Date: 10 November 2022
Many homes may have older, less energy-efficient windows that studies report add-up to 25-30 percent loss of heated or cooled air. About 65 percent of owner-occupied homes were built over 30 years ago, before most state energy codes were created.
Because of their high cost, replacement windows may take decades to earn their keep and supply delays may add weeks or even several months to their installation. Window films offer similar energy savings and the reduction of sun damage but do it more cost-effectively, according to the IWFA.
Advances in window film technology allow many to act as a shield, blocking room heat as it tries to escape through the windows and reflecting it back inside in winter, while also repelling much of the sun’s solar heat in summer.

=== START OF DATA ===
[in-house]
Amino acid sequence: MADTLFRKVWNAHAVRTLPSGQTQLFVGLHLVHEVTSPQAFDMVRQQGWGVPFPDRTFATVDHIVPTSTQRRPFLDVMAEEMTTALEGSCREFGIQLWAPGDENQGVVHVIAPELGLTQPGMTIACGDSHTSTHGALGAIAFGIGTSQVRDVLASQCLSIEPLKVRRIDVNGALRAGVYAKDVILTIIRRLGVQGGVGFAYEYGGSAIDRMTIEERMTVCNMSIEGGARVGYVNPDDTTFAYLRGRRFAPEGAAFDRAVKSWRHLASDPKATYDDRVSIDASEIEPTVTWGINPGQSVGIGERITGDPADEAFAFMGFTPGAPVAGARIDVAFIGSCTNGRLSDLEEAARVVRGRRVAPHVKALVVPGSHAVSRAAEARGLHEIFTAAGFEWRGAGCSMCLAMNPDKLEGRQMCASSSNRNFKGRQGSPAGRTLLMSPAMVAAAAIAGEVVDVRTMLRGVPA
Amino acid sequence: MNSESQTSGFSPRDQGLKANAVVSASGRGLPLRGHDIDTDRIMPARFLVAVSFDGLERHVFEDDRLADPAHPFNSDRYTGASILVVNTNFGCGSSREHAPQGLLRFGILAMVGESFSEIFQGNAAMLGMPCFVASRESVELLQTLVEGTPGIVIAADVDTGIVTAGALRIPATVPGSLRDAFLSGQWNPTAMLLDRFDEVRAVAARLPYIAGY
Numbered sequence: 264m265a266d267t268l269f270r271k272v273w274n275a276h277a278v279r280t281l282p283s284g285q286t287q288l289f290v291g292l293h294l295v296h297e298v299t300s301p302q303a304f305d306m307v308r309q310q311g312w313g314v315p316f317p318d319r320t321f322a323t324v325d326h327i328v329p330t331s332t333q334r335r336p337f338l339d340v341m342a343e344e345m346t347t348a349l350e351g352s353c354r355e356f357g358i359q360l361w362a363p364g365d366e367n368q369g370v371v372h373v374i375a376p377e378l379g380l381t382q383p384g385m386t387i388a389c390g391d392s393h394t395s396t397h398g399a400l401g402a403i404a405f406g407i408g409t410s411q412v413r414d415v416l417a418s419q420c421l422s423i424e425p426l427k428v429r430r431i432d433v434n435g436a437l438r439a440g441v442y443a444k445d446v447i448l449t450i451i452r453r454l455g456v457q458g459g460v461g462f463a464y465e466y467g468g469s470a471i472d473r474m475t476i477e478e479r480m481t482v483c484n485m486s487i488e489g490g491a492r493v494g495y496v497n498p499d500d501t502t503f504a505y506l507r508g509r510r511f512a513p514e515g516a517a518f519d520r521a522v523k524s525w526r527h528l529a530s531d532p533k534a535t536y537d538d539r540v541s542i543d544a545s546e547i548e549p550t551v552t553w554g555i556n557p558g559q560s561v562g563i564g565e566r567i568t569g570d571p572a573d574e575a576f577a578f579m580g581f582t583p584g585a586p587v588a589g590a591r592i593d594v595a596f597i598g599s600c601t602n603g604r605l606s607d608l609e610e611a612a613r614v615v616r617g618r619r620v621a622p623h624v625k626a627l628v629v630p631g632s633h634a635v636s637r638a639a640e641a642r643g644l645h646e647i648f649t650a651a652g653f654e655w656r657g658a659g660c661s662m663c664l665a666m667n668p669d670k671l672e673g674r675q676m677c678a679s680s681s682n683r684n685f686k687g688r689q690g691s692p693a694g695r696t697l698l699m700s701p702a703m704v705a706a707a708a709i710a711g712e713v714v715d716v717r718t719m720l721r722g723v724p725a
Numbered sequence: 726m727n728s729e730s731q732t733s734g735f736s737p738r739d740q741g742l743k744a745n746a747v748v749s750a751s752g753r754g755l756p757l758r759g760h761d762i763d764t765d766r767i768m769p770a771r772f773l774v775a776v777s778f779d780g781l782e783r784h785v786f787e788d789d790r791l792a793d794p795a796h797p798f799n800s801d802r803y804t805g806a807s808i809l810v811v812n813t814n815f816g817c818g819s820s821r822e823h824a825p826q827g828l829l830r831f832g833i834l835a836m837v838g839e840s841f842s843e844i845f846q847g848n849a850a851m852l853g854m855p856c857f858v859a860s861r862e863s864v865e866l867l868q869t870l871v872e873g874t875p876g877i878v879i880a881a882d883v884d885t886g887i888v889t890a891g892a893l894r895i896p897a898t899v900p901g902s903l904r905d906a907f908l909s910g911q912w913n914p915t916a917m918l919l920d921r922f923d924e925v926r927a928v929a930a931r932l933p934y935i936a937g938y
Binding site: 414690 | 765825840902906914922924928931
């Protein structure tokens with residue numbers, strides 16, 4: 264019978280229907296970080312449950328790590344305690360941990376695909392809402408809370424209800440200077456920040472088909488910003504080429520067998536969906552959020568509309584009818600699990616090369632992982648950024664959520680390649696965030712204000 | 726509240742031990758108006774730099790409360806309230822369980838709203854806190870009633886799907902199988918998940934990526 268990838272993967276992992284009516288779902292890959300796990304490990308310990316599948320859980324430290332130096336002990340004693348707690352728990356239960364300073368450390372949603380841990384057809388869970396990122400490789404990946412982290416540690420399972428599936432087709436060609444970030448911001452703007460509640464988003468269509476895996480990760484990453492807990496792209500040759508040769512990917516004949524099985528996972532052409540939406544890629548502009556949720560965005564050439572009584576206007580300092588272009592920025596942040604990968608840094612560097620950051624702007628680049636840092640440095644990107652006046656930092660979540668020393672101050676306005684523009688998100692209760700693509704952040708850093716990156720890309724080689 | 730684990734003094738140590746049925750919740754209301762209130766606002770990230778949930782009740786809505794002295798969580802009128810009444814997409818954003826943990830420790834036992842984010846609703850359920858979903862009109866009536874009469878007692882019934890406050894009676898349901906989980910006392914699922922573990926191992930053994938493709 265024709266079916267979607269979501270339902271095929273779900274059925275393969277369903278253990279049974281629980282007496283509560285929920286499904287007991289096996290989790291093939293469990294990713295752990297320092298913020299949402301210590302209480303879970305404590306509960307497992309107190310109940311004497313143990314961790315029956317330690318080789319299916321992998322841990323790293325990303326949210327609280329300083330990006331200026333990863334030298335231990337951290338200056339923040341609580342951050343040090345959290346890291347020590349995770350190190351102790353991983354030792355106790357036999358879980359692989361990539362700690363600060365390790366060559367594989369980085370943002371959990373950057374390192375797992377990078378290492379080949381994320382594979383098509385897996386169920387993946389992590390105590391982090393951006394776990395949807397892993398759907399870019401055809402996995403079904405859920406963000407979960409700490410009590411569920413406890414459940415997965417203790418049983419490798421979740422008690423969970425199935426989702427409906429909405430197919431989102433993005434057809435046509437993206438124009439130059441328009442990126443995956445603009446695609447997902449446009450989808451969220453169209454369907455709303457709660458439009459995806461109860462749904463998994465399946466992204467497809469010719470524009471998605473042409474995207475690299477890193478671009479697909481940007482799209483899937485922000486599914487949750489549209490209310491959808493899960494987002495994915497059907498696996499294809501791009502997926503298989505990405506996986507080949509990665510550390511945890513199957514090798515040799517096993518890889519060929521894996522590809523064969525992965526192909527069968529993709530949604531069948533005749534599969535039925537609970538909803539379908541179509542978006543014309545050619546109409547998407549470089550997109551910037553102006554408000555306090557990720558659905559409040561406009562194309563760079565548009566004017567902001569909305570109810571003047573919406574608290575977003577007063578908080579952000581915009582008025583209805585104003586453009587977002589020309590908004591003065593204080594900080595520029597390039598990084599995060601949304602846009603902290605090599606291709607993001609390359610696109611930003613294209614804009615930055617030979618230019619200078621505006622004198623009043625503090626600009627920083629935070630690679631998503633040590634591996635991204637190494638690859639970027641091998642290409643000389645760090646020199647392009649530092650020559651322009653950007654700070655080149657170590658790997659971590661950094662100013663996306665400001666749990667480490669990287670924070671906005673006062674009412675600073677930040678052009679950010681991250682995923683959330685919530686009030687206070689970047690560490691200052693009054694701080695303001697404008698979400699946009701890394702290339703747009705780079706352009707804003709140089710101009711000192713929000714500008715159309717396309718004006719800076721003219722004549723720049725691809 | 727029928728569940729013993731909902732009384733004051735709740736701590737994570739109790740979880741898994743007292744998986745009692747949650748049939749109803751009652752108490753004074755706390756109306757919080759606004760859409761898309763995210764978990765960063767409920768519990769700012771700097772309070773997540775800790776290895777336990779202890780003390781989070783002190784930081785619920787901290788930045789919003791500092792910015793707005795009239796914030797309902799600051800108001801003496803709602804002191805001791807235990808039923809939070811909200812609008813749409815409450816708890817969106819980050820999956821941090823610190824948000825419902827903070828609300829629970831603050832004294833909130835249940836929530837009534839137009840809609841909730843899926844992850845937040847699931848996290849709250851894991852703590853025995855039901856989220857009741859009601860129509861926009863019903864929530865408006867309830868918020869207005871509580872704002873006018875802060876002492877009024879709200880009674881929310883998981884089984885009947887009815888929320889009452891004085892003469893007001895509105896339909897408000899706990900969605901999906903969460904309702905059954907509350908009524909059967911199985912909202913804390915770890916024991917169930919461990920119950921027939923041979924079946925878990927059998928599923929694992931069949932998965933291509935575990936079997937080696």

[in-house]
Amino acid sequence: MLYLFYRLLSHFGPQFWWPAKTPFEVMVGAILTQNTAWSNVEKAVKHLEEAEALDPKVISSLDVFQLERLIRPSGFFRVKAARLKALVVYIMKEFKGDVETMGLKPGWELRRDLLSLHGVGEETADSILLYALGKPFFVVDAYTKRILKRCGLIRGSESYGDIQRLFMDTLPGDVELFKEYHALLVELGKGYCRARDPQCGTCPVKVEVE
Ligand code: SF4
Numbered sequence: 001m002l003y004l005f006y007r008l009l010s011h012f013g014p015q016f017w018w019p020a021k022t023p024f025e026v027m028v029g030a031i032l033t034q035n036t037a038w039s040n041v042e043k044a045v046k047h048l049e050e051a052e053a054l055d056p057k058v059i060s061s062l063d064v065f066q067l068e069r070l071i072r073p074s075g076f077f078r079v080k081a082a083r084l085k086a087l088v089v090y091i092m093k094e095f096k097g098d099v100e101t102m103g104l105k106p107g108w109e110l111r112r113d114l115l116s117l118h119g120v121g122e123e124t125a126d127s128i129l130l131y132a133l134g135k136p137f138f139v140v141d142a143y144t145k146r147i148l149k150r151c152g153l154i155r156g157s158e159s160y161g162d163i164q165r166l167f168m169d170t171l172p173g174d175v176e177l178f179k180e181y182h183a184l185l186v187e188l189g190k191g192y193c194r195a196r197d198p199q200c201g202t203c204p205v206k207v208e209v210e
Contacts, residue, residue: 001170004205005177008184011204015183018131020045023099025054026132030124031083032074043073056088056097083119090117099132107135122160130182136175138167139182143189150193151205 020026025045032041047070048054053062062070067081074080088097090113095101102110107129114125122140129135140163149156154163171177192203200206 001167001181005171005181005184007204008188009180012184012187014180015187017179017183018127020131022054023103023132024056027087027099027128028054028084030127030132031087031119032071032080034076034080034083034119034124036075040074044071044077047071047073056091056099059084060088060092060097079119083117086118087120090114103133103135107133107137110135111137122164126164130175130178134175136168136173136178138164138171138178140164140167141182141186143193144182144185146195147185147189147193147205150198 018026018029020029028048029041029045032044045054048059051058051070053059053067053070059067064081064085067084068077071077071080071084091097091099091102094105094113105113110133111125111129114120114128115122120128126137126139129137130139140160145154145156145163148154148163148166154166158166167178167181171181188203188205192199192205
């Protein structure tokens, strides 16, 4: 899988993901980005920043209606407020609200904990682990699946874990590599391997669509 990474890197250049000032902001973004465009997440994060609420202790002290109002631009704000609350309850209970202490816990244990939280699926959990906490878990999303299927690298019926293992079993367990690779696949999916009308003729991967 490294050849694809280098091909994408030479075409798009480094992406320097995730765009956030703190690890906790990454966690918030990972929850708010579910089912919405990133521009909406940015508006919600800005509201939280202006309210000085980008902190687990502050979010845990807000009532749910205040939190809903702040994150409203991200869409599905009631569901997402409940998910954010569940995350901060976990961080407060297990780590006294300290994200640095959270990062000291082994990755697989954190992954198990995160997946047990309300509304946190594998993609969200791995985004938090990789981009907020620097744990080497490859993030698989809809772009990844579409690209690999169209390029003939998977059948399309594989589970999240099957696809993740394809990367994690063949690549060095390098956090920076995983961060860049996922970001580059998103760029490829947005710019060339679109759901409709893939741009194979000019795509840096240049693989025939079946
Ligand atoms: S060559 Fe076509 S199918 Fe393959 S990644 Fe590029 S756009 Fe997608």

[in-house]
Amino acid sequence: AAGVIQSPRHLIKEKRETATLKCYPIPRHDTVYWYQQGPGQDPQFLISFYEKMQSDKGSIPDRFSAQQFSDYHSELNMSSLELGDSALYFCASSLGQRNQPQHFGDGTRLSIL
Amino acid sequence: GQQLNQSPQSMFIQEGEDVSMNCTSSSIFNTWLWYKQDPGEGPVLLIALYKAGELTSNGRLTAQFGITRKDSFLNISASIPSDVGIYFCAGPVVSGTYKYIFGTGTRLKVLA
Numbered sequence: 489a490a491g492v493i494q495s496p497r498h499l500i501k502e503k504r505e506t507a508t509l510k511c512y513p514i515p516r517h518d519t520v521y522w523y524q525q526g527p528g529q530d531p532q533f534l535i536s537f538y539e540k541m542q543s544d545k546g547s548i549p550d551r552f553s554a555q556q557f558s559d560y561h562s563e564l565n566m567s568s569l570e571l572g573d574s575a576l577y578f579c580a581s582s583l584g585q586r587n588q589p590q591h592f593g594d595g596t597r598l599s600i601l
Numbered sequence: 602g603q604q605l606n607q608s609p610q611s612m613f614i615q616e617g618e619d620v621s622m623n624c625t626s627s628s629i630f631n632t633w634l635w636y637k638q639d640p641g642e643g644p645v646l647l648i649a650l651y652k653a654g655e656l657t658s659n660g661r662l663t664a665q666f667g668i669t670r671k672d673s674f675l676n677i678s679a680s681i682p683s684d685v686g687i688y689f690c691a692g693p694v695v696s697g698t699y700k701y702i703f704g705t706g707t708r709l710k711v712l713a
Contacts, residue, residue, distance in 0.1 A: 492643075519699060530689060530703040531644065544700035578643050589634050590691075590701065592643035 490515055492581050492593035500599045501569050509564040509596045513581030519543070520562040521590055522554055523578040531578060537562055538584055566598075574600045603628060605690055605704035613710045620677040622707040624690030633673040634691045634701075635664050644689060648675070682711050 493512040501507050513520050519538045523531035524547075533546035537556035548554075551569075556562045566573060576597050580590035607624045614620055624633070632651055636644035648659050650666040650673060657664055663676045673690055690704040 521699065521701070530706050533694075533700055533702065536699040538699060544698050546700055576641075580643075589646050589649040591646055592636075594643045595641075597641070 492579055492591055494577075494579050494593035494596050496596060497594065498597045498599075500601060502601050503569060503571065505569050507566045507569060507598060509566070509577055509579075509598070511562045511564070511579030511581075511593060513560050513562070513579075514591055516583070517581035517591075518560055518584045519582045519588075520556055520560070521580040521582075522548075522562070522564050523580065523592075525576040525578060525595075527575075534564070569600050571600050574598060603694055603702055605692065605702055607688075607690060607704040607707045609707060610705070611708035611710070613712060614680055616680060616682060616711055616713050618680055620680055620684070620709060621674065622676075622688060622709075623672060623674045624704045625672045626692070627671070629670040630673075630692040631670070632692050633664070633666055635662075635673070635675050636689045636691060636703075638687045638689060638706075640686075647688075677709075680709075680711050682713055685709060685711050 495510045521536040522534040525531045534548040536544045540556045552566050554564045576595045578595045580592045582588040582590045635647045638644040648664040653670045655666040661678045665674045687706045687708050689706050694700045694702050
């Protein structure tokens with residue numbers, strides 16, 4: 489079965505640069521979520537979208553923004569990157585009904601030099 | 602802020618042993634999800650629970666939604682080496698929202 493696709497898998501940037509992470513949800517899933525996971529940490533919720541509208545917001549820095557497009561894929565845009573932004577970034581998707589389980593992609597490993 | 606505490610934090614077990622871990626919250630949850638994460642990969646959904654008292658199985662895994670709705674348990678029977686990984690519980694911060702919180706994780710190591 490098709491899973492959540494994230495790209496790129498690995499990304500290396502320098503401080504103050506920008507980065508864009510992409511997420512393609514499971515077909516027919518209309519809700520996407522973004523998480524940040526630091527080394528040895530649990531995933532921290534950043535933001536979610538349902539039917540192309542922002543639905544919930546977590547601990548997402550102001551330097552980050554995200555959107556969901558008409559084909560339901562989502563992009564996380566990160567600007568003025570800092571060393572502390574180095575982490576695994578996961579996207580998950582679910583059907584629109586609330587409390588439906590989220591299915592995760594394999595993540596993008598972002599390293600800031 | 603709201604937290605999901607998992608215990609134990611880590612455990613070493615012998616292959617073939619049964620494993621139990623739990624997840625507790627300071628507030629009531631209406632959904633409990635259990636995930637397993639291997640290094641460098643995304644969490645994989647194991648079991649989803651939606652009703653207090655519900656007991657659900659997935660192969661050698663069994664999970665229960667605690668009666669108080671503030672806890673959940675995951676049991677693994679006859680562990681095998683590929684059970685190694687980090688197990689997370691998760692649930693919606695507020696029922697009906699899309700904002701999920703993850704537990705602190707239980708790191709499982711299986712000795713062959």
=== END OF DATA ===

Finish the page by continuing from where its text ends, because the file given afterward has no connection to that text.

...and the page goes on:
“Window films that are permanently affixed to windows still in good condition may offer significant energy savings in both winter and summer, and can be professionally installed in a day or less,” said Darrell Smith, executive director of the IWFA.
“While the low winter sun may provide some passive heat, it also causes harsh glare, contributes to costly fading of furnishings and floors and may also harm the skin and eyes from its ultraviolet (UV) rays,” he added.
At about one-seventh the cost of full replacement windows, window films improve the energy savings of existing windows and block 99 percent of the sun’s UV rays that contribute to interior furnishings fade. Many of them have manufacturer warranties of 15-20 years or more.
UV rays are ever present, and up to 80 percent of the sun’s rays can pene¬trate clouds. In winter, when there is snow and/or ice on the ground, the sun’s light is reflected upward, so windows are impacted by glare from two angles, from above and also from the ground up.